A grower is transforming northern Arizona desert into a vegetable production area.
Courtesy Kingman FarmsThis bell pepper field is part of a new northern Arizona growing operation. A developer that owns Kingman Farms LLC in Golden Valley, Ariz., is growing produce on desert land. The farm also grow corn, melons and cabbage. Kingman Farms LLC, Golden Valley, Ariz., plans to supply vegetables and melons in the early fall window before the Nogales, Ariz., deal starts.
This summer and fall, it plans to harvest bell peppers, hot peppers, sweet corn, watermelon, cantaloupe, cabbage, broccoli and cauliflower from 600 acres. Plans are to increased that to 2,000 acres next season, said Dick Mills, general manger of farm operations.
Within five years, Kingman Farms plans to be growing vegetables on 15,000 acres, but other acreage includes alfalfa, hay and grain corn, he said.
The operation plans to field pack and ship from a 12,000 square foot refrigeration facility it’s constructing.
By 2015, it expects to add a packing operation, Mills said.
Las Vegas developer Jim Rhodes wanted to find a use for the land he was paying taxes on that he originally planned to build houses on before the housing bust, Mills said.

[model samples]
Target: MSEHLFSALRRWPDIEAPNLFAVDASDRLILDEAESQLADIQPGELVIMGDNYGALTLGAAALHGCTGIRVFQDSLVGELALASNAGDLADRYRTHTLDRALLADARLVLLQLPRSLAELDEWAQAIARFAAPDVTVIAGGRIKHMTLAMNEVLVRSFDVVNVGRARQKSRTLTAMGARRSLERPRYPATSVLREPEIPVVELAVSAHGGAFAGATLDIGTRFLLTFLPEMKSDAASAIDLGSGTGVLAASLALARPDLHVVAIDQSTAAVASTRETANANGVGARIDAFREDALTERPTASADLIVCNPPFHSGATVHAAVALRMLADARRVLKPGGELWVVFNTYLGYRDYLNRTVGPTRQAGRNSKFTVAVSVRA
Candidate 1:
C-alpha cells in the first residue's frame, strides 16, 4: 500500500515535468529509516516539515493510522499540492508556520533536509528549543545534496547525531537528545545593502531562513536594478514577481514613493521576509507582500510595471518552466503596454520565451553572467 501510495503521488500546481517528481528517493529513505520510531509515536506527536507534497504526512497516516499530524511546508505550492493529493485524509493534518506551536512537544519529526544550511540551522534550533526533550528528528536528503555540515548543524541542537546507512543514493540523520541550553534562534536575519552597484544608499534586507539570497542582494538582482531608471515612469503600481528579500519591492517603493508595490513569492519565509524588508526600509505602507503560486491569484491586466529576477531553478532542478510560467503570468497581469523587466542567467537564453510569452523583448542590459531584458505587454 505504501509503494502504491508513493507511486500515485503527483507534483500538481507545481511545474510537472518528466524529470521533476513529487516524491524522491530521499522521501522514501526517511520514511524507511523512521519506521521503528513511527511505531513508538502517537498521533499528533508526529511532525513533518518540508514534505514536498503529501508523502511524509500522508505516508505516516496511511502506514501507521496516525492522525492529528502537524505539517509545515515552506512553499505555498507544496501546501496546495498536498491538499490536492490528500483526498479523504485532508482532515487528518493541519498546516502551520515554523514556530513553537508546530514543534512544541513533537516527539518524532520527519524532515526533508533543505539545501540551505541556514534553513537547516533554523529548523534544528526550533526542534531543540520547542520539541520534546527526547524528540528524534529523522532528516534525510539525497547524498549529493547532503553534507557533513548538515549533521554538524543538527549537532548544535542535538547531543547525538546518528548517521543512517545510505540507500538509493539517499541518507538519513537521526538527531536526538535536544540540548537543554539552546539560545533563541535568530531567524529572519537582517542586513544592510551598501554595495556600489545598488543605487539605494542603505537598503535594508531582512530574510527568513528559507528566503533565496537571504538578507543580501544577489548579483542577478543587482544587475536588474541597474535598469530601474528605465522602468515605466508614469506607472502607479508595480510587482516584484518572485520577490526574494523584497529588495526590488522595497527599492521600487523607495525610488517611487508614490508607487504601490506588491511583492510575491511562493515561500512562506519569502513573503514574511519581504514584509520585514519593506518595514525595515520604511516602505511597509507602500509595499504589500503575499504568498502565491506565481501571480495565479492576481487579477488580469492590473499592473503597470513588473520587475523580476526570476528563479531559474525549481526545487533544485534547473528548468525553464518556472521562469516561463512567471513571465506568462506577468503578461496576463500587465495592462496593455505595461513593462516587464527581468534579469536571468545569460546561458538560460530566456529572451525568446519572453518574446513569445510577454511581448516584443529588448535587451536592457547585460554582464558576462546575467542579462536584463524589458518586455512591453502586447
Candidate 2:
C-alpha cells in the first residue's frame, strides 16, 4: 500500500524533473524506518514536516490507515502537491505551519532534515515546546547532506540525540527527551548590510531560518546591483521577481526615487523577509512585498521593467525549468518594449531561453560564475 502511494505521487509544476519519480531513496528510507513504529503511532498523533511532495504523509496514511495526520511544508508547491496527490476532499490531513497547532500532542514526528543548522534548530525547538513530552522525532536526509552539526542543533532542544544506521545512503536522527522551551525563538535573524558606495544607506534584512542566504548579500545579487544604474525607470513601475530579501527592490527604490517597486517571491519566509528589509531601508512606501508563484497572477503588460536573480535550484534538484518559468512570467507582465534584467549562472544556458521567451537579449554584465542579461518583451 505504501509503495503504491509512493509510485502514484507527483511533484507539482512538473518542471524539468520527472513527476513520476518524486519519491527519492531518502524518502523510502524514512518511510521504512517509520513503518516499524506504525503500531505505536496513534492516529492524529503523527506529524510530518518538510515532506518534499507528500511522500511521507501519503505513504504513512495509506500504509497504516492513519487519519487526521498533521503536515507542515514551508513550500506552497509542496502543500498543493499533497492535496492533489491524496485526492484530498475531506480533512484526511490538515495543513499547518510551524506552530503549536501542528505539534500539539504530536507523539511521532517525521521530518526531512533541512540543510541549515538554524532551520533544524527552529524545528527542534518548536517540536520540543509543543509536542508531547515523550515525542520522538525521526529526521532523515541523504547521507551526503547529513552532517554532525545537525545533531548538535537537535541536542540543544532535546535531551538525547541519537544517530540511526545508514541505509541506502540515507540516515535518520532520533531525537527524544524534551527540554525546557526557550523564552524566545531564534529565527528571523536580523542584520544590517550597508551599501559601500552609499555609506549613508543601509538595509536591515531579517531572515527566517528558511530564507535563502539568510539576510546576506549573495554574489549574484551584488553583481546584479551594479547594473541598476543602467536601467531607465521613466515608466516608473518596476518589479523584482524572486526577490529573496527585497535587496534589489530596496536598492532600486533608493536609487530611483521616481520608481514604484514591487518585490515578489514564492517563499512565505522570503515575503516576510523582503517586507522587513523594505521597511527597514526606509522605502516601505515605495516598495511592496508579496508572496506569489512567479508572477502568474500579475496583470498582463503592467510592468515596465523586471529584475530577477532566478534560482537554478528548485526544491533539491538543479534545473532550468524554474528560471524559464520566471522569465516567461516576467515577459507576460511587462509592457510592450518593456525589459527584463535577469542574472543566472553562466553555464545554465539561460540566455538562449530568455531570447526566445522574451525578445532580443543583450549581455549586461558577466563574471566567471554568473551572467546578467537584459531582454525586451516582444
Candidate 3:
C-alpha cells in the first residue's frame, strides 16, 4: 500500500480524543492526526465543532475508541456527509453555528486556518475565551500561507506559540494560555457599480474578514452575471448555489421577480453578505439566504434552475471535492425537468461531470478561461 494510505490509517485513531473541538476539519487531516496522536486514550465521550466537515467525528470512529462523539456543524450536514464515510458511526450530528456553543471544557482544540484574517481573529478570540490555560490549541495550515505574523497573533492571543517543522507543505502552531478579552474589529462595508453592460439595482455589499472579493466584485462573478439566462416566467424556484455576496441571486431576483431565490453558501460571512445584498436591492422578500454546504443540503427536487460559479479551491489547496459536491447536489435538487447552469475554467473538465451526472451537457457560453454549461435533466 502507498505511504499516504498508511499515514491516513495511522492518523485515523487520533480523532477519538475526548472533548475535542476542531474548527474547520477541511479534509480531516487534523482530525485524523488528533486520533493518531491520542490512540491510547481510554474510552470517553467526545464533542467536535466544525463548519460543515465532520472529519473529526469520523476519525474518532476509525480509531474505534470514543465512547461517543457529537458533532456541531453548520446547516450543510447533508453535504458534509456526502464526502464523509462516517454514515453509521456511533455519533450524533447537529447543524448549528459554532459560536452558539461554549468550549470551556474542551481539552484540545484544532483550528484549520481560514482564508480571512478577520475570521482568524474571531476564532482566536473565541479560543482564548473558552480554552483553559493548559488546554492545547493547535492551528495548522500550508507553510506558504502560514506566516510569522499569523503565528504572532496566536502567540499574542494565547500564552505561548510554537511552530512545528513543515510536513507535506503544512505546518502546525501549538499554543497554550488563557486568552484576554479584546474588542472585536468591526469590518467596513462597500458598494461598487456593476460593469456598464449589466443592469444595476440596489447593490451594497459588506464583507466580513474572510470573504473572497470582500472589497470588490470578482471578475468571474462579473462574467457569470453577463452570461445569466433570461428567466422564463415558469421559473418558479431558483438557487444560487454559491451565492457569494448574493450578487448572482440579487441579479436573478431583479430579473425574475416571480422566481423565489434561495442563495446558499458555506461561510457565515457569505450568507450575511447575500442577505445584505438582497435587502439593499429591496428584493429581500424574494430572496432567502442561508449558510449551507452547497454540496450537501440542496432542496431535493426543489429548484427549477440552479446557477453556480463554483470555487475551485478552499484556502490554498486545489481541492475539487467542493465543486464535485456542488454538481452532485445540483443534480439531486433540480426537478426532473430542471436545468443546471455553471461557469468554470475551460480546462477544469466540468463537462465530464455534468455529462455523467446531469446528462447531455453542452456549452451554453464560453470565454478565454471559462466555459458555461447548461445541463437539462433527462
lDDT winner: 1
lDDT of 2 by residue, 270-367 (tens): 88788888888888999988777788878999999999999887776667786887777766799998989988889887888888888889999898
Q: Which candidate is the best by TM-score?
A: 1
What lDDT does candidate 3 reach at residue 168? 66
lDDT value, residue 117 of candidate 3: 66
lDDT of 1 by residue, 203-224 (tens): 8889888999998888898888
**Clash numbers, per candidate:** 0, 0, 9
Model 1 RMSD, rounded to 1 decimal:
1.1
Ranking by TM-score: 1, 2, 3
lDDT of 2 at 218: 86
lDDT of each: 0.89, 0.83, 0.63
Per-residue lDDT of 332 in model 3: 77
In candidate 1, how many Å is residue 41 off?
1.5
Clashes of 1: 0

Mills said the virgin desert farmland close to Las Vegas and Phoenix should be ideal for retailers wanting to promote local produce.
Still, Kingman plans to ship throughout the U.S., Mills said.
“The opportunity’s here,” he said. “We are here to try capitalize on the season and being able to grow it locally. I can’t express the enthusiasm of him (Rhodes) taking on this operation. To get into farming these days is a tough business, but he was game and wants it done. He’s bringing in the right people to make it happen.”
Kingman plans to harvest bell and specialty peppers in August, corn, watermelon and cantaloupe in early September, and its cabbage, broccoli and cauliflower in late October.
It’s testing eggplant and pumpkins and Mills said it plans to grow vine ripe tomatoes next season.
With 45 years of farming experience, Mills worked in his family’s Bonita Springs, Fla., produce growing operation and was in warehouse management for 10 years with Thomas Produce Co. in Boca Raton, Fla., before joining J&J Produce Inc. in Loxahatchee, Fla., where he was executive vice president of warehouse and operations.